"(Practice) turns into the specifics of what Hawaii does," Riley said Tuesday. "You prepare for what they do and who they are doing it with. That's how every week changes basically – and then we try and gain more and more confidence throughout the week."
Riley and his staff did a fair amount of homework on Hawaii this offseason, touching on the various offensive strategies of Norm Chow. But upon watching tape of the USC-Hawaii game, Riley was also struck by something other than the offense.
"Defensively, I thought they were outstanding," Riley said of Hawaii. "They really made it hard for ‘SC to have any rhythm whatsoever. The points (USC) got on offense, which was 23, were very hard to come by. (Hawaii is) very disruptive and they don't want you to run, so they commit themselves to that and they play a lot of good, tight man-to-man coverage."
There will be no underestimating Hawaii, or their coach, said Riley.
"Offensively, they are Norm Chow – scary." Riley said. "(There exists) all those parts (of the offense) there that you have to be aware of. Norm is the master of balance and (play) action passes. It's a good looking team."
THE BIG QUESTION is how will the Beaver D perform against the multiple fronts Chow will undoubtedly throw at OSU come Saturday. For insight on that, BF.C turned to defensive coordinator Mark Banker.
"What we did in the offseason (for Hawaii) was we did an extensive study of UTEP because of the fact that the (offensive) coordinator that was at Hawaii before the first game was from UTEP," said Banker. "(The styles of play) were vastly different. They were strictly gun, pistol, zone, read-zone and quarterback running – things like that. So there are still elements of that in Hawaii's offense."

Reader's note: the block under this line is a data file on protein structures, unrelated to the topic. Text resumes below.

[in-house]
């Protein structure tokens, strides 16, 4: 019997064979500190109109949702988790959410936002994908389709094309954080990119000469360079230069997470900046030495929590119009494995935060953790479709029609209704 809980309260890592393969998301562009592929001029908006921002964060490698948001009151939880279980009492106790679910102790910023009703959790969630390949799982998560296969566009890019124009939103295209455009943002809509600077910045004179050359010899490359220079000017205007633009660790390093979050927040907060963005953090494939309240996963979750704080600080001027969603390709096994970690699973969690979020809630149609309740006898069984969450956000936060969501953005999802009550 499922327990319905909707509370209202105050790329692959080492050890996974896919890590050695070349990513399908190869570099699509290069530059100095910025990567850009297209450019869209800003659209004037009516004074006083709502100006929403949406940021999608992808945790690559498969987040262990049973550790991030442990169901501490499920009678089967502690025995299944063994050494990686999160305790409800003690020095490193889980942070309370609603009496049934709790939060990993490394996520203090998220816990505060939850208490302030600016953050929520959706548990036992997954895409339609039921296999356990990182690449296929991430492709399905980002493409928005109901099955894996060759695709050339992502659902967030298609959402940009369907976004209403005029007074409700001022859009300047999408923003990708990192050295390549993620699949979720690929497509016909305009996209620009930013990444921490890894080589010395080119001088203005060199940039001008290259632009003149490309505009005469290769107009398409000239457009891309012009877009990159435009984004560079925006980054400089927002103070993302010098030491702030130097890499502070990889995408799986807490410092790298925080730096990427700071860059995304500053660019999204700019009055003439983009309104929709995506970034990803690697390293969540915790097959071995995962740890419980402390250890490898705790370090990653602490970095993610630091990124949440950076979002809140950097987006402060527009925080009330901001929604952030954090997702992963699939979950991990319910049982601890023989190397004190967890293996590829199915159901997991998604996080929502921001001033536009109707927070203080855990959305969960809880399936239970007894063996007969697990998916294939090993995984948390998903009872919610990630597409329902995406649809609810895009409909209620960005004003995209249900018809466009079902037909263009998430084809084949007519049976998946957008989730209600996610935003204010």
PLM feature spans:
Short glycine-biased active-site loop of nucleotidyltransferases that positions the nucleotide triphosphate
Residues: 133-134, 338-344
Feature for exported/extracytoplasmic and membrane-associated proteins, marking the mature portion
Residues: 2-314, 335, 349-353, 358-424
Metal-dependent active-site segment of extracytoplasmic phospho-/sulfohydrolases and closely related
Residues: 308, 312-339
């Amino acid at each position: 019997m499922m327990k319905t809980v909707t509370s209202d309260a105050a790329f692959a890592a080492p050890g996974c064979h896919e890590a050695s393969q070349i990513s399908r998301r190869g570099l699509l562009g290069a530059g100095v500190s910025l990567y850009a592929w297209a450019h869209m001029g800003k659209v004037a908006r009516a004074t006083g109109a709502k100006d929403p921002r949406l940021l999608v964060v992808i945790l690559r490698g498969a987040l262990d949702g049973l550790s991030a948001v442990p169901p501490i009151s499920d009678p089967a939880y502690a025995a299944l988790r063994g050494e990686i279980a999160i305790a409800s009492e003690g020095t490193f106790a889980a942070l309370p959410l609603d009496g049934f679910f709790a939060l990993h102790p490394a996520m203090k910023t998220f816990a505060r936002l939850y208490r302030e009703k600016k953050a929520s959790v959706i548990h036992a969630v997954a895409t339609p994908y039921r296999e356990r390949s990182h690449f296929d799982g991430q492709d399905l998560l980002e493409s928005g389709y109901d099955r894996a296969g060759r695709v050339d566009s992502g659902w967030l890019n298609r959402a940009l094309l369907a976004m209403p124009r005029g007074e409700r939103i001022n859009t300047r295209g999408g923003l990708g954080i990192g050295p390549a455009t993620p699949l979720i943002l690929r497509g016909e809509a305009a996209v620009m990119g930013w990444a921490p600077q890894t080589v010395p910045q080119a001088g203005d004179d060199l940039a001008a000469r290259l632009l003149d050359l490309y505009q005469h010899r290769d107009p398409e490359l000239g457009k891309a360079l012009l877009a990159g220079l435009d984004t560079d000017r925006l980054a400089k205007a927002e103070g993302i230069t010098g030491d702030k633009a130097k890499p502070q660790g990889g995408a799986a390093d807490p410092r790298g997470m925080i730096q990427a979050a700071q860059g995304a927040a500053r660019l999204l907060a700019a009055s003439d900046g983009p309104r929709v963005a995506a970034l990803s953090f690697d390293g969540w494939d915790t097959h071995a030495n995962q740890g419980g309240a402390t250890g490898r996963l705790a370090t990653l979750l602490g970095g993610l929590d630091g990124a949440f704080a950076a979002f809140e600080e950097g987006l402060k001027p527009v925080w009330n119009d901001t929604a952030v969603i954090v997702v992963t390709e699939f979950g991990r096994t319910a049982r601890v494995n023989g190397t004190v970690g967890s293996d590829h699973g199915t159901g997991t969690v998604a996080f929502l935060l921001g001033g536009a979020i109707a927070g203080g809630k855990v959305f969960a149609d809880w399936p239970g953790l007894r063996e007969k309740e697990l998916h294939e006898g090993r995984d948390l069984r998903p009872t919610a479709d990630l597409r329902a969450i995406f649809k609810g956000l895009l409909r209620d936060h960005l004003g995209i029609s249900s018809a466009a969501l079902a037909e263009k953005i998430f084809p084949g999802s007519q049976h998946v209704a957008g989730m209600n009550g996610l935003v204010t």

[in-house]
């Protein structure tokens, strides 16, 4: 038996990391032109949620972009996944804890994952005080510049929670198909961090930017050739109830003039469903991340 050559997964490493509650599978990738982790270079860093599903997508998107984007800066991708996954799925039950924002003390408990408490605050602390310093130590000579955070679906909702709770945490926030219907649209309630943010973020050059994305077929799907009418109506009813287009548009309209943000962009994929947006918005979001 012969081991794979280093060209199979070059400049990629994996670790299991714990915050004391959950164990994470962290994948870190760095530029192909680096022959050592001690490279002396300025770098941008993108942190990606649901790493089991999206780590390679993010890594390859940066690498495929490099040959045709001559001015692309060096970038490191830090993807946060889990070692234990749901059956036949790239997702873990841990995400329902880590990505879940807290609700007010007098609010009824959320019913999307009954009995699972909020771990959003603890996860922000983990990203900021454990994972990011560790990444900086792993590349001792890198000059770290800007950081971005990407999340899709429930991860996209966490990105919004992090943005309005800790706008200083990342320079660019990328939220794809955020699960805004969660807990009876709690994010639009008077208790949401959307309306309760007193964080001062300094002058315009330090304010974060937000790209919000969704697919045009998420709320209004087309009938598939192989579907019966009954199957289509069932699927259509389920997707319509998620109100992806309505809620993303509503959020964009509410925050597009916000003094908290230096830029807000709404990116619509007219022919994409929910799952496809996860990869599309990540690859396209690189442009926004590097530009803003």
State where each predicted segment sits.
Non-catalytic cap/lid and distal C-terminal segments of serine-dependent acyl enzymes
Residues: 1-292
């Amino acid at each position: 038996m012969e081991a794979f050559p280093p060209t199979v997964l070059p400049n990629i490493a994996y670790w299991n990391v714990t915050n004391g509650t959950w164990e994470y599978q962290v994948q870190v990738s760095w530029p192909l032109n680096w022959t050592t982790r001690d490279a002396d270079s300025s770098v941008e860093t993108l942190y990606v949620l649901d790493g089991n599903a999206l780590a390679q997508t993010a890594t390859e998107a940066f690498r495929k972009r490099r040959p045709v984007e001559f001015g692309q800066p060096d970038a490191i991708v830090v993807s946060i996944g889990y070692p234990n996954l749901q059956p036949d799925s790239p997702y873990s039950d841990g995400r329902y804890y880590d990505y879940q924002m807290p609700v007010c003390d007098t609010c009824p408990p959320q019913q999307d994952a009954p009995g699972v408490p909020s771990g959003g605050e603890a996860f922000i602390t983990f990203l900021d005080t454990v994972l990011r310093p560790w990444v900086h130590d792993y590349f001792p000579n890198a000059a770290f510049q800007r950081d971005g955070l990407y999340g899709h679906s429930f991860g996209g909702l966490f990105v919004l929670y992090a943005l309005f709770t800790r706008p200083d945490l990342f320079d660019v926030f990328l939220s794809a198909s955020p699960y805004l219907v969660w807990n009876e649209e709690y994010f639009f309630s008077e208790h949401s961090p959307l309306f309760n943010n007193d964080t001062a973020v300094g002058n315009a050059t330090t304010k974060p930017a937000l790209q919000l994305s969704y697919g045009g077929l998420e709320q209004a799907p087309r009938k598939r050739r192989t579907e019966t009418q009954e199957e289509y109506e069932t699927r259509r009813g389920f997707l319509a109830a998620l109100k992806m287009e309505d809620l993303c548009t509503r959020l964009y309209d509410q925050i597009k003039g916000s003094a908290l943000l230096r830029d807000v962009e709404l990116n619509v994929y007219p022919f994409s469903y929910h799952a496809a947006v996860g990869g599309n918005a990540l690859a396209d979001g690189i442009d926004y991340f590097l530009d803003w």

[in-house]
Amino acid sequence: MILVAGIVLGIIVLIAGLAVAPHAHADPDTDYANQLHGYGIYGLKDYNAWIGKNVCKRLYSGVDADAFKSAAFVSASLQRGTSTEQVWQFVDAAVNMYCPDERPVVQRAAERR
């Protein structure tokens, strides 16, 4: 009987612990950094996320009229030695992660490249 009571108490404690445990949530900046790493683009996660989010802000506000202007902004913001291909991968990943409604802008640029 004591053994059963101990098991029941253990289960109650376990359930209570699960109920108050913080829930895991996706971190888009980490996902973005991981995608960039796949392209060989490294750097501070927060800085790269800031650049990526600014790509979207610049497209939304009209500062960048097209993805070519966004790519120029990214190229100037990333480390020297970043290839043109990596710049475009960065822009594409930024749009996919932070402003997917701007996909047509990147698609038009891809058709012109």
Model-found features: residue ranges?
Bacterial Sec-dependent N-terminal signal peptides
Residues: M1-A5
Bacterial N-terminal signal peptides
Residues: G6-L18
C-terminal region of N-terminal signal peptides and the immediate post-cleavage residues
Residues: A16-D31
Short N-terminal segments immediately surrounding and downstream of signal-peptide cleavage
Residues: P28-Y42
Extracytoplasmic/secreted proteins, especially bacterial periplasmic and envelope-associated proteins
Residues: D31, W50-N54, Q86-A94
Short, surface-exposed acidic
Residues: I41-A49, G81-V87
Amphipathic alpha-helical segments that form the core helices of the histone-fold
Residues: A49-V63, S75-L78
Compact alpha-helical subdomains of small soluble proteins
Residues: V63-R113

"So what we've done is looked at Hawaii's offense (from before the first game) and looked at things that would overlap and join in Norm Chow's philosophies."
Banker noted that Hawaii heavily favors the shotgun and offset I-formations, occasionally intermingling the two. So in general terms and not giving away anything, what do the Beavs do to stop it?
"The specific thing, number one, is just focus within your position," said Banker. "Working with eyes, feet – making sure we are sound and not straying from (the fundamentals), being more disciplined from that standpoint.
"The other thing is finishing off plays. Whether it be in a drill, our tackling, inside-out, outside-in - whatever the approach is. Which we've done, but then all of a sudden you are in a game situation (against EWU) and obviously (it looked like) we hadn't."
Execution will always be king but putting yourself in the right position before the snap, Banker says, is also needed. It's something OSU didn't do nearly enough of this past Saturday.
"The players understand that – they've seen the tape," said Banker. "But we need to harp on those things. Within every defensive call, you've got an alignment, which is critical. We had some issues (against EWU) with alignment, so we are working with that, making special emphasis on that. If we make the special emphasis, we want the players to hear that, adhere to that, and make that a focus."
Elements of what Banker talked about - alignment, focus and coordination – were all in evidence after the Beavs' starting defense took the field on Tuesday.
Running with the 1's
QB – Sean Mannion
TB – Storm Woods
FB – Tyler Anderson
H-Back – Connor Hamlett
TE – Caleb Smith
LT- Michael Philipp
LG- Josh Andrews
C- Isaac Seumalo
RG- Roman Sapolu
RT- Grant Enger
FL – Victor Bolden
SE – Richard Mullaney/Obum Gwacham
SB –Kevin Cummings
DE – Dylan Wynn
DT – John Braun
DT – Mana Rosa
DE –Scott Crichton
WIL –Jabral Johnson
MIK – Joel Skotte
SAM –Michael Doctor
CB- Rashaad Reynolds
CB- Steven Nelson
CB-Sean Martin (Nickel)
FS – Tyrequek Zimmerman
SS – Ryan Murphy